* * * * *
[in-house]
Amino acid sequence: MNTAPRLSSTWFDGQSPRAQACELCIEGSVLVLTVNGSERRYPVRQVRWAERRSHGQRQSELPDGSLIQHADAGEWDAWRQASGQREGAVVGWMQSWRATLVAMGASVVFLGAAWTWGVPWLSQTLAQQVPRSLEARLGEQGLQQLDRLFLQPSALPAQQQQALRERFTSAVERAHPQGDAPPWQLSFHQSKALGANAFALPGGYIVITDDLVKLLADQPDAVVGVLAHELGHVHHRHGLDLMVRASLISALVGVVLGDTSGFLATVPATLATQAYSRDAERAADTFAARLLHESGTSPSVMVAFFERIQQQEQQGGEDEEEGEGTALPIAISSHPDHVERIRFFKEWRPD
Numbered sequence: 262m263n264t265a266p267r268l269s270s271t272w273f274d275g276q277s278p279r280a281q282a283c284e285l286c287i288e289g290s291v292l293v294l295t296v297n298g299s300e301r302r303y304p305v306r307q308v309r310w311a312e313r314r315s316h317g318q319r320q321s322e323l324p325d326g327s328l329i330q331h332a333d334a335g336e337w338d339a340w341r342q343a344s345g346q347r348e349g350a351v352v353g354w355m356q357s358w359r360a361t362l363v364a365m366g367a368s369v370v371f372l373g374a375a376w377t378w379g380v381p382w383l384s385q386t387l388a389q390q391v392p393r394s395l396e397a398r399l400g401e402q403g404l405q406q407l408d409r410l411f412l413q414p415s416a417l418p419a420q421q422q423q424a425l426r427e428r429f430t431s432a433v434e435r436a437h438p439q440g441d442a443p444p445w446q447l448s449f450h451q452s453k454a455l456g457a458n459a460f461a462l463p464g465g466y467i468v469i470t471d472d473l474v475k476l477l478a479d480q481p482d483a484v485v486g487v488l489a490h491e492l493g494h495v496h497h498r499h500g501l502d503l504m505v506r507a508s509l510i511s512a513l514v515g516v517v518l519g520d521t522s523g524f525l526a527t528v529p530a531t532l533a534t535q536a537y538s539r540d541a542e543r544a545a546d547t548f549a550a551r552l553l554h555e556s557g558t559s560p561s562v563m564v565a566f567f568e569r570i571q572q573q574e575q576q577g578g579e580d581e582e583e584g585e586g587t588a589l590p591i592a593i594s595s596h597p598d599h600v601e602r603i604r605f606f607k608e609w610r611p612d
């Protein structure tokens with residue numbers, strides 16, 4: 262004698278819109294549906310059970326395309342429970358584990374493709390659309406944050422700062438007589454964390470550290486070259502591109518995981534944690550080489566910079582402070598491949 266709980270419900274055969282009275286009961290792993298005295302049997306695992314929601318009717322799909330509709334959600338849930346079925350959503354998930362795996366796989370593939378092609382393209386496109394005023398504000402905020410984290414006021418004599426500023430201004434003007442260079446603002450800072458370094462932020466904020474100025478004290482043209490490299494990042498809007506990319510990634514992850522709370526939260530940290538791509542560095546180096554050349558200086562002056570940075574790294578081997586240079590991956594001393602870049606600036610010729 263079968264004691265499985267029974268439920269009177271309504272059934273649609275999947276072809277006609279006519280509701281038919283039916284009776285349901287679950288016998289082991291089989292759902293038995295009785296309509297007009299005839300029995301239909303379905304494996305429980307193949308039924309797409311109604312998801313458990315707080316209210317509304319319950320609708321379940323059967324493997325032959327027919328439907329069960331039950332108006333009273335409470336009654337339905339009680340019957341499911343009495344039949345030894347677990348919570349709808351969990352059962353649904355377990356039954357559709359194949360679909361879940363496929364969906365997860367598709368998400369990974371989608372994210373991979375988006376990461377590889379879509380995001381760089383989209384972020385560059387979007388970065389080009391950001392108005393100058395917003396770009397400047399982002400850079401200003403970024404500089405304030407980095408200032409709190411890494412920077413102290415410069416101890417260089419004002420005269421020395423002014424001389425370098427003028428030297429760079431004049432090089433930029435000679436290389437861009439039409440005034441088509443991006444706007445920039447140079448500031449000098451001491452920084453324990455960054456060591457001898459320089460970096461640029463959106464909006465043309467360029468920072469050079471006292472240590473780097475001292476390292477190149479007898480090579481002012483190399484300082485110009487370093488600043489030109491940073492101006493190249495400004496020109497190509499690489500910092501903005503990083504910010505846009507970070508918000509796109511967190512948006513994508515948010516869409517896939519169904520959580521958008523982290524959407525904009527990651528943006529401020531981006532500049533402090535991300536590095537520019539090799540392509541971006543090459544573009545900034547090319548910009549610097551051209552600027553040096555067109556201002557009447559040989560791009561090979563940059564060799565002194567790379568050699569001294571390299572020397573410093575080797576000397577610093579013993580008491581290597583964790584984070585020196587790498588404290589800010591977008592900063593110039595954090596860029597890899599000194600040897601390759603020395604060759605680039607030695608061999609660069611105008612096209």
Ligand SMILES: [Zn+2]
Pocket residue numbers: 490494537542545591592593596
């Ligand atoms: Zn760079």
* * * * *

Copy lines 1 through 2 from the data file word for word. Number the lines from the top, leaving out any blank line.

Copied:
[in-house]
Amino acid sequence: MNTAPRLSSTWFDGQSPRAQACELCIEGSVLVLTVNGSERRYPVRQVRWAERRSHGQRQSELPDGSLIQHADAGEWDAWRQASGQREGAVVGWMQSWRATLVAMGASVVFLGAAWTWGVPWLSQTLAQQVPRSLEARLGEQGLQQLDRLFLQPSALPAQQQQALRERFTSAVERAHPQGDAPPWQLSFHQSKALGANAFALPGGYIVITDDLVKLLADQPDAVVGVLAHELGHVHHRHGLDLMVRASLISALVGVVLGDTSGFLATVPATLATQAYSRDAERAADTFAARLLHESGTSPSVMVAFFERIQQQEQQGGEDEEEGEGTALPIAISSHPDHVERIRFFKEWRPD